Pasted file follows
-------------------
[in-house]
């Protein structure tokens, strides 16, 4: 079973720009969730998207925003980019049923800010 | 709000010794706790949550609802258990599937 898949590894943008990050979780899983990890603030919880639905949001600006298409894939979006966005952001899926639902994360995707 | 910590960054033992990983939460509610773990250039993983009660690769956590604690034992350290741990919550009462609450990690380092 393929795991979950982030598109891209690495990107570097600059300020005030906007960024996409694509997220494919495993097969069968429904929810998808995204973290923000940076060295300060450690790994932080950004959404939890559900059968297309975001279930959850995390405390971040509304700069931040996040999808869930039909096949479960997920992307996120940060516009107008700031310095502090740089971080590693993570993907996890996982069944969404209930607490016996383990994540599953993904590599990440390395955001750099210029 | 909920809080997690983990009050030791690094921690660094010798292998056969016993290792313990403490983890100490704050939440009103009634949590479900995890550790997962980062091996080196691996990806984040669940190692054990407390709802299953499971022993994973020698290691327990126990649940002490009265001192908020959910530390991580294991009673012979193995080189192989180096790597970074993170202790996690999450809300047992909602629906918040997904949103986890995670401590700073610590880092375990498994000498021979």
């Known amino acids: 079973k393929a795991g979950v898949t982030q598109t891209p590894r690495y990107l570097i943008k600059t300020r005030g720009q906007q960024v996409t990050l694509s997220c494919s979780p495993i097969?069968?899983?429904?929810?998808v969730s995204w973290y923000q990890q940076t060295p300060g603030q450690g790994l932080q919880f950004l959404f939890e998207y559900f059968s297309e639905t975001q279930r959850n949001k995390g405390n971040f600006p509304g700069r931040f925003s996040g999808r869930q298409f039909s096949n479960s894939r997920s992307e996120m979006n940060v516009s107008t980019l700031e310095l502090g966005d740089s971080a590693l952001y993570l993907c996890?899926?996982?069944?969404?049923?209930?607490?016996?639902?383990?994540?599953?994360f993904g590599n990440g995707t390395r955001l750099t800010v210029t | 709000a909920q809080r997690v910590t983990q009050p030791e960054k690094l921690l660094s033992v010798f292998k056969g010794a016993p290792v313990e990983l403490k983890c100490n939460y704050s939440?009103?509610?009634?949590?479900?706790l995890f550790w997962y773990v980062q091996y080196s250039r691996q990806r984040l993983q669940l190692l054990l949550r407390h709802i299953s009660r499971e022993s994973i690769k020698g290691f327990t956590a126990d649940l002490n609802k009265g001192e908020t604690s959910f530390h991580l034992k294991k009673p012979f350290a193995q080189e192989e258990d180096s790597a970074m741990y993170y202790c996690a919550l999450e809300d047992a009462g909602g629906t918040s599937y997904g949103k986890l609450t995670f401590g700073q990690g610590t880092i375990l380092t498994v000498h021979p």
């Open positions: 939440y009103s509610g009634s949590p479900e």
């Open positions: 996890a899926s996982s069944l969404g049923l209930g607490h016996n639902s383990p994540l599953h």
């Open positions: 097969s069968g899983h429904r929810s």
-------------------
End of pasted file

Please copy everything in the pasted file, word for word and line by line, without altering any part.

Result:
[in-house]
């Protein structure tokens, strides 16, 4: 079973720009969730998207925003980019049923800010 | 709000010794706790949550609802258990599937 898949590894943008990050979780899983990890603030919880639905949001600006298409894939979006966005952001899926639902994360995707 | 910590960054033992990983939460509610773990250039993983009660690769956590604690034992350290741990919550009462609450990690380092 393929795991979950982030598109891209690495990107570097600059300020005030906007960024996409694509997220494919495993097969069968429904929810998808995204973290923000940076060295300060450690790994932080950004959404939890559900059968297309975001279930959850995390405390971040509304700069931040996040999808869930039909096949479960997920992307996120940060516009107008700031310095502090740089971080590693993570993907996890996982069944969404209930607490016996383990994540599953993904590599990440390395955001750099210029 | 909920809080997690983990009050030791690094921690660094010798292998056969016993290792313990403490983890100490704050939440009103009634949590479900995890550790997962980062091996080196691996990806984040669940190692054990407390709802299953499971022993994973020698290691327990126990649940002490009265001192908020959910530390991580294991009673012979193995080189192989180096790597970074993170202790996690999450809300047992909602629906918040997904949103986890995670401590700073610590880092375990498994000498021979």
């Known amino acids: 079973k393929a795991g979950v898949t982030q598109t891209p590894r690495y990107l570097i943008k600059t300020r005030g720009q906007q960024v996409t990050l694509s997220c494919s979780p495993i097969?069968?899983?429904?929810?998808v969730s995204w973290y923000q990890q940076t060295p300060g603030q450690g790994l932080q919880f950004l959404f939890e998207y559900f059968s297309e639905t975001q279930r959850n949001k995390g405390n971040f600006p509304g700069r931040f925003s996040g999808r869930q298409f039909s096949n479960s894939r997920s992307e996120m979006n940060v516009s107008t980019l700031e310095l502090g966005d740089s971080a590693l952001y993570l993907c996890?899926?996982?069944?969404?049923?209930?607490?016996?639902?383990?994540?599953?994360f993904g590599n990440g995707t390395r955001l750099t800010v210029t | 709000a909920q809080r997690v910590t983990q009050p030791e960054k690094l921690l660094s033992v010798f292998k056969g010794a016993p290792v313990e990983l403490k983890c100490n939460y704050s939440?009103?509610?009634?949590?479900?706790l995890f550790w997962y773990v980062q091996y080196s250039r691996q990806r984040l993983q669940l190692l054990l949550r407390h709802i299953s009660r499971e022993s994973i690769k020698g290691f327990t956590a126990d649940l002490n609802k009265g001192e908020t604690s959910f530390h991580l034992k294991k009673p012979f350290a193995q080189e192989e258990d180096s790597a970074m741990y993170y202790c996690a919550l999450e809300d047992a009462g909602g629906t918040s599937y997904g949103k986890l609450t995670f401590g700073q990690g610590t880092i375990l380092t498994v000498h021979p």
């Open positions: 939440y009103s509610g009634s949590p479900e």
């Open positions: 996890a899926s996982s069944l969404g049923l209930g607490h016996n639902s383990p994540l599953h």
């Open positions: 097969s069968g899983h429904r929810s």